Variously orientated transects through Liverpool Bay in December, 1976, revealed a narrow but steep density discontinuity running north to south through the surface waters. Surface distribution maps from cruises during the winter of 1976-1977 showed that the density discontinuity provided a sharp line of demarcation between the physical and chemical characteristics of the offshore and coastal waters. Over the winter, an accumulation of river discharged nutrients in the waters bounded by the front and the coast generated a large nutrient reservoir in the inshore waters and propagated a difference in the nutrient availability ratios across the front. As a consequence, by March the inshore waters were characterized by lower salinities and temperatures, higher dissolved inorganic nutrient concentrations and lower silicon to total nitrogen ratios than the offshore waters. Prior to the 1977 spring phytoplankton bloom in Liverpool Bay, these two contrasting water types were in juxtaposition along the length of the front.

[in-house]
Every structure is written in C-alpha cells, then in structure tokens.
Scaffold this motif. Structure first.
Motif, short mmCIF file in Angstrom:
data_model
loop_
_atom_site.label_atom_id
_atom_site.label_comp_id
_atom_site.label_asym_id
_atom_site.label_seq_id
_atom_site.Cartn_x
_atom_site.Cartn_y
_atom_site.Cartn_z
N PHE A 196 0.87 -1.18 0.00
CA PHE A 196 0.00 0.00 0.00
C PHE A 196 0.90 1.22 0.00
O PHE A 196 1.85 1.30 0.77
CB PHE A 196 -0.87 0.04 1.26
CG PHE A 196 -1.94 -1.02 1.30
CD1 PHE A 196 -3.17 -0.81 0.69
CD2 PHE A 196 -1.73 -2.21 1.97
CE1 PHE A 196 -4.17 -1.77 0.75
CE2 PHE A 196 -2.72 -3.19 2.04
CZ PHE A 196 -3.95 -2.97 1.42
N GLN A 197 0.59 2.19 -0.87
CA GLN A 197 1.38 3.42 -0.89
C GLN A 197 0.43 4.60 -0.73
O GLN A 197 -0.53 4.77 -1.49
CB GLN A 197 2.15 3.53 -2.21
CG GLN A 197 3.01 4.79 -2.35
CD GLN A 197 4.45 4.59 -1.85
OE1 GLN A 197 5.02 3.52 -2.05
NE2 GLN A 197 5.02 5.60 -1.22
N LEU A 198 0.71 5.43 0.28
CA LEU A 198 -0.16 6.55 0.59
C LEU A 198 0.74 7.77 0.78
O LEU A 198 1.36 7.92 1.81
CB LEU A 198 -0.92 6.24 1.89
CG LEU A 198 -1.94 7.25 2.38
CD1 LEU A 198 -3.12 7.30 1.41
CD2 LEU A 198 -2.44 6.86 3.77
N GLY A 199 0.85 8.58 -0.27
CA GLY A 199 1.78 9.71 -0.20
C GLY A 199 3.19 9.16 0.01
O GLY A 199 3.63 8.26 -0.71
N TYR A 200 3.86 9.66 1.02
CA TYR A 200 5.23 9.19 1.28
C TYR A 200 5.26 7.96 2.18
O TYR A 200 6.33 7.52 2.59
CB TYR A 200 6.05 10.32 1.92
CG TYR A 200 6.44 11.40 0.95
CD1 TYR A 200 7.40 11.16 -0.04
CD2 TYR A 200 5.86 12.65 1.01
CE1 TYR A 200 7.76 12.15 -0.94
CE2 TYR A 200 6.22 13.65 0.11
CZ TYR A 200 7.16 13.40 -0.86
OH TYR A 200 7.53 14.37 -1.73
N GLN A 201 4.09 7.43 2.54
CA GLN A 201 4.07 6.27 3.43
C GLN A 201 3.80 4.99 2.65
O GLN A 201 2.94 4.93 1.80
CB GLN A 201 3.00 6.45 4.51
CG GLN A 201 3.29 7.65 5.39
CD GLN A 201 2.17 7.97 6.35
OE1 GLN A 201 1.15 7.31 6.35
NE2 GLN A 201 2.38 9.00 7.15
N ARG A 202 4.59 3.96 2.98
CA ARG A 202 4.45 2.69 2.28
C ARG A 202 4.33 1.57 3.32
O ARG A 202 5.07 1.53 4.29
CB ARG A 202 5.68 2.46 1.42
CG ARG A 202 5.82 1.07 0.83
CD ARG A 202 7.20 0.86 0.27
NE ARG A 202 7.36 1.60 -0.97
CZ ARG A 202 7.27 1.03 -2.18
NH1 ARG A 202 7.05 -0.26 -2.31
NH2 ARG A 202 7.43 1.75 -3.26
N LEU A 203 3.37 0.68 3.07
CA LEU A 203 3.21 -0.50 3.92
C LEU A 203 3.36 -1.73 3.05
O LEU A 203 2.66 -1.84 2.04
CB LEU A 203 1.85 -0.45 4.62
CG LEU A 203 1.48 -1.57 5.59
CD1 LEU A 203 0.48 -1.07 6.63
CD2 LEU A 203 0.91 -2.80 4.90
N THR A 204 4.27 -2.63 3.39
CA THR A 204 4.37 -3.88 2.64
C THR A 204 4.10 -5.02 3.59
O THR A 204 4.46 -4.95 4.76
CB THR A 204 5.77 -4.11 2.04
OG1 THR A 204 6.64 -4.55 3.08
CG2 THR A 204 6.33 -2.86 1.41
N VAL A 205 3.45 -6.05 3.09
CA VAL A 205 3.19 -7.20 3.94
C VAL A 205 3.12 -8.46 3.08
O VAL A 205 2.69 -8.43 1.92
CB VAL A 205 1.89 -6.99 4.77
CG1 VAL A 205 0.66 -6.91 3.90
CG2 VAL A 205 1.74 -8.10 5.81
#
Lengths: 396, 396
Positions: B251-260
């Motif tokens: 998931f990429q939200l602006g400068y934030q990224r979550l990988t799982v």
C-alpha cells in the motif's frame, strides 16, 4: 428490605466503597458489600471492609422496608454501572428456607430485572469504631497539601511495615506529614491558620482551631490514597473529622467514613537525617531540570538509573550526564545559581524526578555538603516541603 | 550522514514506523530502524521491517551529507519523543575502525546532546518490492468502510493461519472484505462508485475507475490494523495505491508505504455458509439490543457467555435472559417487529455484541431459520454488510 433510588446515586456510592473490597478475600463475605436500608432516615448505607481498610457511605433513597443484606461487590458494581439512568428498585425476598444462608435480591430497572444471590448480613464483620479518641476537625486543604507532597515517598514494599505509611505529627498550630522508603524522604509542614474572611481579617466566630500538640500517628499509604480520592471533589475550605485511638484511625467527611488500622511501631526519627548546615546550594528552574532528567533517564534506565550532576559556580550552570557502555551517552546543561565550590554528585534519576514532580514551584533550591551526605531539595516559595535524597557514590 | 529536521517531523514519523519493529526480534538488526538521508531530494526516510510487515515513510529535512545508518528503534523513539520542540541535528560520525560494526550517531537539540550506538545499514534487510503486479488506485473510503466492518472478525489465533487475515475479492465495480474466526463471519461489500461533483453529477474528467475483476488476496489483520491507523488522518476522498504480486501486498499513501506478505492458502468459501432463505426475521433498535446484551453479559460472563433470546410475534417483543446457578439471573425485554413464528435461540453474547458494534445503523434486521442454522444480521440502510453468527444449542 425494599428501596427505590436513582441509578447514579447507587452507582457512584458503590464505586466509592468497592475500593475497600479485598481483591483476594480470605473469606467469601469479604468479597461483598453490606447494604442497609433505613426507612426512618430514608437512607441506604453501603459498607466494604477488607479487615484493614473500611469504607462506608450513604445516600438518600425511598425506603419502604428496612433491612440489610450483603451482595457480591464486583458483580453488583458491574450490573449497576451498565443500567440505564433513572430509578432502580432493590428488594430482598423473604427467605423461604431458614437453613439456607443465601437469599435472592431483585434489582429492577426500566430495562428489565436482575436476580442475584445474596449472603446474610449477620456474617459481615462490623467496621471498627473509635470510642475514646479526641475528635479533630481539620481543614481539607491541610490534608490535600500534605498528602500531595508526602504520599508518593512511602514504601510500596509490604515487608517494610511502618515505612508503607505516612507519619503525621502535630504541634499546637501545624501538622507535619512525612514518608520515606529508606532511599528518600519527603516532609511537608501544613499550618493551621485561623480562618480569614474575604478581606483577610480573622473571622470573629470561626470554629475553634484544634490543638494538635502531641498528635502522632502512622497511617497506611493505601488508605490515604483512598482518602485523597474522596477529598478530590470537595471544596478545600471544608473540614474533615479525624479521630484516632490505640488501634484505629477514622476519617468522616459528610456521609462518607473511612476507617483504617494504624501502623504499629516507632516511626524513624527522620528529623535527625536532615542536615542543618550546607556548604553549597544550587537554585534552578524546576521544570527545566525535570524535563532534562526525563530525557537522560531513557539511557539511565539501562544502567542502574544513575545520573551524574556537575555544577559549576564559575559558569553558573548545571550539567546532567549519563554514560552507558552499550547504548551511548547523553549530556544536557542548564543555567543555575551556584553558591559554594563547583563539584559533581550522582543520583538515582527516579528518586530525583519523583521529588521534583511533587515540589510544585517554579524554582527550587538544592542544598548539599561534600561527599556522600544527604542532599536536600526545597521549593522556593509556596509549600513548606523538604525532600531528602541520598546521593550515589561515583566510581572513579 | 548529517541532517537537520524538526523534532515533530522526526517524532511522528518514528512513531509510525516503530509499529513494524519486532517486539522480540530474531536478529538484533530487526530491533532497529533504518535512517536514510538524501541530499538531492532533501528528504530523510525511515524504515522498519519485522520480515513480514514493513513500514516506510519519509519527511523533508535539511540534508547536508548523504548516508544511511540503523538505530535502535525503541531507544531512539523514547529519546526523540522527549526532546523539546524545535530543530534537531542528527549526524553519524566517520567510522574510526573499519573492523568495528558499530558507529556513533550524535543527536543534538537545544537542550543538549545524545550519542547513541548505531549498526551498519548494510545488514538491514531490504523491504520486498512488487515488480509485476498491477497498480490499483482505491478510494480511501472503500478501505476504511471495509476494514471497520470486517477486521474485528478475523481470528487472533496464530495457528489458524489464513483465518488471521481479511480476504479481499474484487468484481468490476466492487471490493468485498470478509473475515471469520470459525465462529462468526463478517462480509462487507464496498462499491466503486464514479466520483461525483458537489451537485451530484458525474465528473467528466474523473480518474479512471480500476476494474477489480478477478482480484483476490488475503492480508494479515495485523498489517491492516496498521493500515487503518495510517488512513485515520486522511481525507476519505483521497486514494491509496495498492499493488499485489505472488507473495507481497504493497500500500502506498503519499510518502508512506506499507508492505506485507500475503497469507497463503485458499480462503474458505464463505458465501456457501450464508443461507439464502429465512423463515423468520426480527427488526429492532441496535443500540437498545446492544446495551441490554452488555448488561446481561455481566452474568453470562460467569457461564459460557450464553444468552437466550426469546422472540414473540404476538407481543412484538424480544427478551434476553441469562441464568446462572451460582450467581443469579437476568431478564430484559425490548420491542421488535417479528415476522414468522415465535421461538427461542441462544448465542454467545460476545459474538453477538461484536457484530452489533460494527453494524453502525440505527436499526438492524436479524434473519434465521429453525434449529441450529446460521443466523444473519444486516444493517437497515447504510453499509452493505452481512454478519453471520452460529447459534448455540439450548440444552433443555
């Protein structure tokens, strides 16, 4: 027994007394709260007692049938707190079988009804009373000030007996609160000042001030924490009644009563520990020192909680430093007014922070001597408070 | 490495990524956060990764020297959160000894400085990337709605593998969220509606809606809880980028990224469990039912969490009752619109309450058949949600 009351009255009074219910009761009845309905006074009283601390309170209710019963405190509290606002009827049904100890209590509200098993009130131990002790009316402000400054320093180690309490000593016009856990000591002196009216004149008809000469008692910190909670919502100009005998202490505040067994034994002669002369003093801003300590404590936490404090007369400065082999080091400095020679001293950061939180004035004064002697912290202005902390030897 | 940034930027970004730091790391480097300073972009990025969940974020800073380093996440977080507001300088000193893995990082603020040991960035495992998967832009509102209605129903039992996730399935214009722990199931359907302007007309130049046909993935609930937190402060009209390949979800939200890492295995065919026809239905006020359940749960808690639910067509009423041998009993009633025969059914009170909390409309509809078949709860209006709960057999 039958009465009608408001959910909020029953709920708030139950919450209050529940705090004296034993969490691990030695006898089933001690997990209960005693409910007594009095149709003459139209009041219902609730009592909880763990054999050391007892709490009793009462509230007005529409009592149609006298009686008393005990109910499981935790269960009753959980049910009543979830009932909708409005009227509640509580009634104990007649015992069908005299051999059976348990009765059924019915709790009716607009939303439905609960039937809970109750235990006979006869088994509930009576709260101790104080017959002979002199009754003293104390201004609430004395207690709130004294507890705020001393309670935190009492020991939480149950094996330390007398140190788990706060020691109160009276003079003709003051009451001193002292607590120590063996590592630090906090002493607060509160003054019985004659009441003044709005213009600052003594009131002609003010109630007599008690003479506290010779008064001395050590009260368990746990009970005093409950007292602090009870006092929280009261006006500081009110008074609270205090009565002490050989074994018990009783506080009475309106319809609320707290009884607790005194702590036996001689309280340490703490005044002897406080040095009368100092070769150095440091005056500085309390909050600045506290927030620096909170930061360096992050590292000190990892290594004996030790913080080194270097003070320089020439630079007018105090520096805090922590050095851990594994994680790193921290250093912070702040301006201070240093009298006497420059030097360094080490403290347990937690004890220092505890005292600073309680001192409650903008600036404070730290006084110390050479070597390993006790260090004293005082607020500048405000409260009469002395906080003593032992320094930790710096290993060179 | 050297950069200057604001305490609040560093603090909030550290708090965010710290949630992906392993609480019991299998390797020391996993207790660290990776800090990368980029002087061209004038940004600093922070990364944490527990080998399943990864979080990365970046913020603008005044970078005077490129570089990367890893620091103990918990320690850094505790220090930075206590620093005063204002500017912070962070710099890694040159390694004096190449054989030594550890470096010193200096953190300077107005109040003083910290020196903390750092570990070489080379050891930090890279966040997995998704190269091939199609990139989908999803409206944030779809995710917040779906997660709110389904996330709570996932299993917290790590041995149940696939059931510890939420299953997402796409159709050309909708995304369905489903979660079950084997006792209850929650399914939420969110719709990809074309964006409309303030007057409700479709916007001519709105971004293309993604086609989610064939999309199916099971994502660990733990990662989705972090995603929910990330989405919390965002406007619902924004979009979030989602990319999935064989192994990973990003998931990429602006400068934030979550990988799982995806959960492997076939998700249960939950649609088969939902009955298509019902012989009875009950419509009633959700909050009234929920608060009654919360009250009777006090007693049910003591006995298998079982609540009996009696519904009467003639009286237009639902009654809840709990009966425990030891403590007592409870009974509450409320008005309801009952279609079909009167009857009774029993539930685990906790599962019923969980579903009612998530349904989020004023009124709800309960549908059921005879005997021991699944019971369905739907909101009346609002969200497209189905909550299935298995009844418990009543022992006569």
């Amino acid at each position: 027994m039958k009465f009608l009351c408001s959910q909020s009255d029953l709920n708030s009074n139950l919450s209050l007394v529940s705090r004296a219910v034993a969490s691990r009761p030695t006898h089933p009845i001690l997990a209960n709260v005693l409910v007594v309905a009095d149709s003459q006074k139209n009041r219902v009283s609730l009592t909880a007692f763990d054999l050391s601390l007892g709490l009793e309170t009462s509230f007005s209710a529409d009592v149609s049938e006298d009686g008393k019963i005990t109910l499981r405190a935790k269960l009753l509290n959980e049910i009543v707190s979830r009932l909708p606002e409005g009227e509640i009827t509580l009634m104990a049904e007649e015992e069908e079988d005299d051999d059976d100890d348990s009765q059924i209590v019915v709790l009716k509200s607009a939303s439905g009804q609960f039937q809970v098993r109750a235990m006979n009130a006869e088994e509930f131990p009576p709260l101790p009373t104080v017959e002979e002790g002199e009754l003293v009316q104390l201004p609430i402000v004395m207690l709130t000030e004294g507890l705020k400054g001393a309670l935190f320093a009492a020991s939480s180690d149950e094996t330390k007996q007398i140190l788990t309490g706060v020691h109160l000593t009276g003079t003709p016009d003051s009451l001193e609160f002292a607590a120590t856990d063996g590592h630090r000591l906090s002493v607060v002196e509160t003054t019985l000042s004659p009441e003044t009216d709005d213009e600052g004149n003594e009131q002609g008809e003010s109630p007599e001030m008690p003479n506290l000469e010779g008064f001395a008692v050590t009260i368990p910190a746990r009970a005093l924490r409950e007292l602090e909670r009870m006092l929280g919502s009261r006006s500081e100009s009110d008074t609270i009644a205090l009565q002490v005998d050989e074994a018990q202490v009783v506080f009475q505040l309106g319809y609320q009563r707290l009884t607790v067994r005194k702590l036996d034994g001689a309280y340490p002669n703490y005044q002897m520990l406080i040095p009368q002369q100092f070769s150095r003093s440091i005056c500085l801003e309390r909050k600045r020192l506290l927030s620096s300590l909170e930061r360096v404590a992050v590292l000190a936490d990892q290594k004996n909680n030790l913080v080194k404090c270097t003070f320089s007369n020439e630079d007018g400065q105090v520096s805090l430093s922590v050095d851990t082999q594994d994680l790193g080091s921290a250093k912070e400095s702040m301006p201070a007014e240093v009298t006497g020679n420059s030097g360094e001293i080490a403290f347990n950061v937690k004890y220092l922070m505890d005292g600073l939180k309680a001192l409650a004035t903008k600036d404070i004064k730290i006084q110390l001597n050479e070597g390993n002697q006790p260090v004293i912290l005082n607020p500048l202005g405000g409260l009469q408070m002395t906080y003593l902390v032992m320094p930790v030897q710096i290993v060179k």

|Number of pages||13|
|Journal||Journal of Experimental Marine Biology and Ecology|
|Publication status||Published - 12 Feb 1982|